What was the Couto Misto Microstate?

Introduction

Couto Misto (Portuguese: Couto Misto [ˈko(w)tu ˈmiʃtu]; Galician: Couto Mixto; Spanish: Coto Mixto) was an independent microstate on the border between Spain and Portugal.

Background

It was composed of the villages of Santiago de Rubiás, Rubiás (now in the Spanish municipality of Calvos de Randín), and Meaus (now in the Spanish municipality of Baltar), all in the Salas Valley, Ourense, Galicia.

The territory of the Couto Misto also included a small uninhabited strip now part of the Portuguese municipality of Montalegre.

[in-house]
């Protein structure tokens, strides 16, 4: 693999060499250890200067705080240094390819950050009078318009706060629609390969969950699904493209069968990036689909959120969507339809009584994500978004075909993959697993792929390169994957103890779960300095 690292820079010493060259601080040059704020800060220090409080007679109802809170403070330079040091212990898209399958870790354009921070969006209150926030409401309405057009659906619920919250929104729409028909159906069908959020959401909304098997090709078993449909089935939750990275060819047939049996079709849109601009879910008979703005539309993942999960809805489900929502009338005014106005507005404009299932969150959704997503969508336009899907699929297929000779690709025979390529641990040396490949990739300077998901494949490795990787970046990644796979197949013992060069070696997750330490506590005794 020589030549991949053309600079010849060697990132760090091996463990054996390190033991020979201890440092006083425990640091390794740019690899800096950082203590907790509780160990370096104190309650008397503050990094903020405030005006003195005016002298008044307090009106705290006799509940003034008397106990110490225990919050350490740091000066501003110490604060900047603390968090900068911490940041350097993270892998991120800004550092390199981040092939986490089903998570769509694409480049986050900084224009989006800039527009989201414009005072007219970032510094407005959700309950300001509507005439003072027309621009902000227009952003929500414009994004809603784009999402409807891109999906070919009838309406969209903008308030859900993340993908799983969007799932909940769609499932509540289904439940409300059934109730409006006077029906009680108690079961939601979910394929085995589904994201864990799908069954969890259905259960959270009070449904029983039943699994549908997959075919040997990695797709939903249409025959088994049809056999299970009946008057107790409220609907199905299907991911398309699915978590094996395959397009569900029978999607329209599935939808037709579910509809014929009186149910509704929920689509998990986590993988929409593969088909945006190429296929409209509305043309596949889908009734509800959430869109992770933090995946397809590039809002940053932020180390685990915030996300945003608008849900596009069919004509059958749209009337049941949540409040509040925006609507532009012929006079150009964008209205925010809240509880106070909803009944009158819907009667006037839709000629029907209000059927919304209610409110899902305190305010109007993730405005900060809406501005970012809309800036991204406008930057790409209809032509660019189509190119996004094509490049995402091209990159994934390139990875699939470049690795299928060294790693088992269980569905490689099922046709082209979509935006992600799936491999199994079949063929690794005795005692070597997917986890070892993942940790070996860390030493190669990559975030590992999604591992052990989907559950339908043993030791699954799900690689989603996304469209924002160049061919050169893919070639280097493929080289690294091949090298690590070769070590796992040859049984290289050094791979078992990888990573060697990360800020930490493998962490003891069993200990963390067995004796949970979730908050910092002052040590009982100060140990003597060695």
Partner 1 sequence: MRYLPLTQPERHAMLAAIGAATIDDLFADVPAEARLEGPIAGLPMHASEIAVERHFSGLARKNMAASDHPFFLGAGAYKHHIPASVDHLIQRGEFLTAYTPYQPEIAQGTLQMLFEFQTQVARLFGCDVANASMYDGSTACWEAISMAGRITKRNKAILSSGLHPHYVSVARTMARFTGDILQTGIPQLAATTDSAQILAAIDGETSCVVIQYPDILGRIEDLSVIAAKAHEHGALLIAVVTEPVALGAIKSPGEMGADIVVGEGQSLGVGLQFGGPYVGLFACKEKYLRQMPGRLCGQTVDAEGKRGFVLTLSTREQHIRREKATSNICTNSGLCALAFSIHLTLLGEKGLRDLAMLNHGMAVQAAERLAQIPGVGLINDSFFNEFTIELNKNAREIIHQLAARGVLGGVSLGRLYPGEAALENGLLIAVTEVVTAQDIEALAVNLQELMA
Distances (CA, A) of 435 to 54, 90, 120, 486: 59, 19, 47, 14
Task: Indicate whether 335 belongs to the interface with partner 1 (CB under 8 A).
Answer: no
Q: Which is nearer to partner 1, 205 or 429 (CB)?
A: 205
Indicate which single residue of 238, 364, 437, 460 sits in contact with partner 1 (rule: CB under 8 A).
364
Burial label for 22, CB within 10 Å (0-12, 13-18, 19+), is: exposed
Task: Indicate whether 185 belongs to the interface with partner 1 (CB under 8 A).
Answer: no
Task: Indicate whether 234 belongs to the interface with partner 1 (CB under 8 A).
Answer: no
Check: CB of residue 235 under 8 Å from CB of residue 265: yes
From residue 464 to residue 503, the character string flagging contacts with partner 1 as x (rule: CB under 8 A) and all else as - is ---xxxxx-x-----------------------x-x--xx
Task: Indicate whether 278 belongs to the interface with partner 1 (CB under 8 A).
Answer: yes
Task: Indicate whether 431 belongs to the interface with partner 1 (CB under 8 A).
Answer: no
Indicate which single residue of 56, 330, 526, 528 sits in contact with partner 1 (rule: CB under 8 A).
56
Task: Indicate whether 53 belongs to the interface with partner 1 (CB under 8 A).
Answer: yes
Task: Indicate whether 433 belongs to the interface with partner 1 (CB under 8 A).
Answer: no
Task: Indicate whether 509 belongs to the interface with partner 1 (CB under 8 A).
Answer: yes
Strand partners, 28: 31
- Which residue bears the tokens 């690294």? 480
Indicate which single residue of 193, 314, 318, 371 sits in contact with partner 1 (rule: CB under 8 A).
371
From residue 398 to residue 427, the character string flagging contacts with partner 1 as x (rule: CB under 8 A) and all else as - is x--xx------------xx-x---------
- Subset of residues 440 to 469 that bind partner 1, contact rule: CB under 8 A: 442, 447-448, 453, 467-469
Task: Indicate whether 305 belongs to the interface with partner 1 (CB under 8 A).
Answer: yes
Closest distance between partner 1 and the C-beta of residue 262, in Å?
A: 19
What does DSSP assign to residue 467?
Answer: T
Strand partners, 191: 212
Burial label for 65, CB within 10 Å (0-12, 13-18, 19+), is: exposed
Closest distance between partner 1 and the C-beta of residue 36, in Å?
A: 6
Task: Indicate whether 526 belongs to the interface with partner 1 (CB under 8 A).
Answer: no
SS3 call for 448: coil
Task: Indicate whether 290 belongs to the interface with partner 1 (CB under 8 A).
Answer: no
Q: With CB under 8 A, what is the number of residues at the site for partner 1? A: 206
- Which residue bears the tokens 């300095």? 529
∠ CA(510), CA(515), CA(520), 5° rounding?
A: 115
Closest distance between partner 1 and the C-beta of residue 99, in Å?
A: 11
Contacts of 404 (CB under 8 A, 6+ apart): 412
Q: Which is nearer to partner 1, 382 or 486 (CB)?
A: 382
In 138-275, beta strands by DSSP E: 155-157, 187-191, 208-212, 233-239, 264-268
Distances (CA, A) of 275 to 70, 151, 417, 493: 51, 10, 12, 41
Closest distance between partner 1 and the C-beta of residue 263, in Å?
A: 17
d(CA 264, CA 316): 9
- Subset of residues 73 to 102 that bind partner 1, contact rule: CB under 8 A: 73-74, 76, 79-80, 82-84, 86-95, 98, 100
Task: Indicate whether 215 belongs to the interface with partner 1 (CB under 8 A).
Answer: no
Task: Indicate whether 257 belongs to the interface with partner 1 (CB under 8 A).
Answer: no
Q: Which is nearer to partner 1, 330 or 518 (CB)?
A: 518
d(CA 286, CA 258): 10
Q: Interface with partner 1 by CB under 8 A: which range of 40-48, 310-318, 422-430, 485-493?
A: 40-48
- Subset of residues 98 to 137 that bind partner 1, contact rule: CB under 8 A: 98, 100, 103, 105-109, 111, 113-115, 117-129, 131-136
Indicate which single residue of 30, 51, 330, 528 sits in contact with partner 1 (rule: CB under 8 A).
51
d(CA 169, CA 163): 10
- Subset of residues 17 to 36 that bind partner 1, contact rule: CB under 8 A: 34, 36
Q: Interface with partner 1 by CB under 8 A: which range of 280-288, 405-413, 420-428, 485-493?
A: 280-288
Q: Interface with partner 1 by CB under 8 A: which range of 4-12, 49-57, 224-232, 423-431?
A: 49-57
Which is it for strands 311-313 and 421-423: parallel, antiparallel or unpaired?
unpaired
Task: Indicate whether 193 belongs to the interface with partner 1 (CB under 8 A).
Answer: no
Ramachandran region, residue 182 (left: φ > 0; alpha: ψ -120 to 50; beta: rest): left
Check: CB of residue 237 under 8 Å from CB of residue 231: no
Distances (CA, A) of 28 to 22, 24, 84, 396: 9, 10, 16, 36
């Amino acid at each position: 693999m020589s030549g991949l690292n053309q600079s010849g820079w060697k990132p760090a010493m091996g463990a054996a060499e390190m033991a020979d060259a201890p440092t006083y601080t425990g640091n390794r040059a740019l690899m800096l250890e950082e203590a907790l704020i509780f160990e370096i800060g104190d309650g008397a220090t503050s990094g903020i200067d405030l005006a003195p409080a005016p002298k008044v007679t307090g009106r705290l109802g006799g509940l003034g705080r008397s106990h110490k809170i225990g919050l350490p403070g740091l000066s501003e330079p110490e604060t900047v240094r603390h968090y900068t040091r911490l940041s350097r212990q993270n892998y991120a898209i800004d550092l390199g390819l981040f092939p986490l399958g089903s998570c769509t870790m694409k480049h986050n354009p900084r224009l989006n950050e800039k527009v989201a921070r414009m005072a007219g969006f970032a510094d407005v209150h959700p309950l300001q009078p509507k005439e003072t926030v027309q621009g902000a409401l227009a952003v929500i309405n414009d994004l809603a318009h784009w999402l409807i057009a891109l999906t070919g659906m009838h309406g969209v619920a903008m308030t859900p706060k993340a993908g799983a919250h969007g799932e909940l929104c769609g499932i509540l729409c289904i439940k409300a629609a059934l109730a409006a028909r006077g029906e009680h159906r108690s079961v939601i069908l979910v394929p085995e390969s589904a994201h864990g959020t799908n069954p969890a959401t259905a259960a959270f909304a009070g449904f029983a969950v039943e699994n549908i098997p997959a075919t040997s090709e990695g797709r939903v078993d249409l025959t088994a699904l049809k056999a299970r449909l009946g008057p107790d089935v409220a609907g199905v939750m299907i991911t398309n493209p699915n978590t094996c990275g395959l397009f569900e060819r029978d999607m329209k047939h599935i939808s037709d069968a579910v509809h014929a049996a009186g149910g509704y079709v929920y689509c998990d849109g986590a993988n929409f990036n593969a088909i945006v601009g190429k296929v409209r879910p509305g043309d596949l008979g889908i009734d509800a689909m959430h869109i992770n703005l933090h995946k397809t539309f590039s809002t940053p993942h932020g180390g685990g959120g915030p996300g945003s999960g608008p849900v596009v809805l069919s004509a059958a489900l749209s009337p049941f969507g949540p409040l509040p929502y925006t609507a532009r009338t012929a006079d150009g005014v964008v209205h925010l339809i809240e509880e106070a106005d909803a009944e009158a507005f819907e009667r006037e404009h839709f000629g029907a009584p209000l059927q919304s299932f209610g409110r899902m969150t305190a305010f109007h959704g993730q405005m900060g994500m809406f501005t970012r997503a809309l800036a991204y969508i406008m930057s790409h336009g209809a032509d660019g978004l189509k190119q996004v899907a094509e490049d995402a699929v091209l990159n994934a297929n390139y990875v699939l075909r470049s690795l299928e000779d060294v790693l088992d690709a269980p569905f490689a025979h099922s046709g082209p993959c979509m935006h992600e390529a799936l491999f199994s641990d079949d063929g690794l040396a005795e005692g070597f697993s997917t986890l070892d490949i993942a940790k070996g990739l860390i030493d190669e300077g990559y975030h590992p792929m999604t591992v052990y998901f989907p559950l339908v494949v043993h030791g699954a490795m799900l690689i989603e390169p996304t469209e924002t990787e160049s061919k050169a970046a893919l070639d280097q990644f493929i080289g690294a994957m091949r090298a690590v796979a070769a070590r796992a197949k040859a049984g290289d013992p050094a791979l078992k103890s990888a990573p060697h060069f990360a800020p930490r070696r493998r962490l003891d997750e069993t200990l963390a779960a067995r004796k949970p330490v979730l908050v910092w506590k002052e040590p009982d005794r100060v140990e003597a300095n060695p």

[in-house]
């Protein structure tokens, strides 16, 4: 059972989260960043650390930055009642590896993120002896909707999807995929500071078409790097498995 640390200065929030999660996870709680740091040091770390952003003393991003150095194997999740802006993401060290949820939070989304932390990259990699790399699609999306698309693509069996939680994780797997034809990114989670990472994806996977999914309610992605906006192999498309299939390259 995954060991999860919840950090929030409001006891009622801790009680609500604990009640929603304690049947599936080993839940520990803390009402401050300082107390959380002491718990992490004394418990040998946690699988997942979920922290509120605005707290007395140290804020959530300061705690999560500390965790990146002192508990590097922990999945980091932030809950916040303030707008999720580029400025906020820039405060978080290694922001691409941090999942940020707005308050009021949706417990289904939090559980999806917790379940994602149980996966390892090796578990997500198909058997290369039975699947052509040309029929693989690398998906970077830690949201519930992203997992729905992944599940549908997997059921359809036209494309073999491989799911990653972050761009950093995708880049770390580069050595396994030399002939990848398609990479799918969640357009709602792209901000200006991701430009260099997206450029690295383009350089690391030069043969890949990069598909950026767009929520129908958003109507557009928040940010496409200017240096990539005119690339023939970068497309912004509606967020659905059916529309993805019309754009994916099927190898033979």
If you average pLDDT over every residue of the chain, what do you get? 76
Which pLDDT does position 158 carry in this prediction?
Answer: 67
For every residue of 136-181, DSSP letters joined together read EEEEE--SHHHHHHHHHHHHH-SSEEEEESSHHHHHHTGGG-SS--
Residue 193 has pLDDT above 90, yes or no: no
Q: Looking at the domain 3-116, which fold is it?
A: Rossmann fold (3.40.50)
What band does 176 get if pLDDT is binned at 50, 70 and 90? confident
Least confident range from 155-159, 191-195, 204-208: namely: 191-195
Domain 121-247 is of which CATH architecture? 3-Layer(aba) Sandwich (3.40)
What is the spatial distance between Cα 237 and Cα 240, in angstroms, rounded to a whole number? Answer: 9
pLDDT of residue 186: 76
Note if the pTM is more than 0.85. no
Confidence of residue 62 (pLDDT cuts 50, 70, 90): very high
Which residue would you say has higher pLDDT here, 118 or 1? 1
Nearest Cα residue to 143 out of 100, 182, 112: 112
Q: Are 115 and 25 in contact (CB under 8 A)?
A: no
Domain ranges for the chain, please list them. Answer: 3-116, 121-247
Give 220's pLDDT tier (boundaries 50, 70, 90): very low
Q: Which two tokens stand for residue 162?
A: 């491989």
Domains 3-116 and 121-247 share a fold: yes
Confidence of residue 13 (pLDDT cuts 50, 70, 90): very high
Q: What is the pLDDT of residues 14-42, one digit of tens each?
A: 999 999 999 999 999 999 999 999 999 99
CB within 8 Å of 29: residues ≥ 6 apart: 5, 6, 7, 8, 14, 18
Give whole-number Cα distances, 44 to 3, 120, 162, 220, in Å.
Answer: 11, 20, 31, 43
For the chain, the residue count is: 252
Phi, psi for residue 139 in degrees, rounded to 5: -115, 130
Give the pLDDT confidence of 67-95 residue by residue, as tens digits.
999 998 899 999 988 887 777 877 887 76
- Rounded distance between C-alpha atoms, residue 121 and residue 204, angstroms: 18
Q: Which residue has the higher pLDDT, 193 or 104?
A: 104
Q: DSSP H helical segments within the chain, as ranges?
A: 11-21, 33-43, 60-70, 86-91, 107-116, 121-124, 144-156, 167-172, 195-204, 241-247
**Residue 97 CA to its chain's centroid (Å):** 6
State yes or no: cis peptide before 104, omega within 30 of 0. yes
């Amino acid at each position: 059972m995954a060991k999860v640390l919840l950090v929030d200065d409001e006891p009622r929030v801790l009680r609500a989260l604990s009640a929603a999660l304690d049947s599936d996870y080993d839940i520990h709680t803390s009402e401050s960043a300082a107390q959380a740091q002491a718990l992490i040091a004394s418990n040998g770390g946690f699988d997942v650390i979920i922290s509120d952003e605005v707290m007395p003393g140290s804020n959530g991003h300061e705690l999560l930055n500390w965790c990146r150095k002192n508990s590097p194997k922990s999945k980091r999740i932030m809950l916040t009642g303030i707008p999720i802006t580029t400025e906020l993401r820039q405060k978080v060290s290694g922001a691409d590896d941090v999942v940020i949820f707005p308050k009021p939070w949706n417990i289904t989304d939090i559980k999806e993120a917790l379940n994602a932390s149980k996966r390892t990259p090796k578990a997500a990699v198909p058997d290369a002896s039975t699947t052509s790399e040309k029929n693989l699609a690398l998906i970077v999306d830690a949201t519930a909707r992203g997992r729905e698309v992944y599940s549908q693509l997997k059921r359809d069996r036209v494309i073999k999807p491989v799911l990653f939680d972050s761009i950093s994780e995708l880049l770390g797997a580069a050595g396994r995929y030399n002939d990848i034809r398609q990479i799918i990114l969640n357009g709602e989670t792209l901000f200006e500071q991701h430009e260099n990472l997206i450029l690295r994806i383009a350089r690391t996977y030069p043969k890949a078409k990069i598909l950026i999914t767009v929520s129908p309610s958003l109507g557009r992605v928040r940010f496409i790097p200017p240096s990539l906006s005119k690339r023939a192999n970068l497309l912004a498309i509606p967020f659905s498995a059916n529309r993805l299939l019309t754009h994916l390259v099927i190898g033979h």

As a result of complex medieval manorial relations, this land eluded both Portuguese and Spanish control for centuries, actually operating as a sovereign state in its own right until the 1864 Treaty of Lisbon that partitioned the territory between Spain (which annexed most of the land including the three villages) and Portugal (which remained with a smaller uninhabited strip of land).

As a de facto independent country, the inhabitants of the Couto Misto had many privileges, including exemption from military service and taxes, and could grant asylum to outsiders and deny access to any foreign military contingent.

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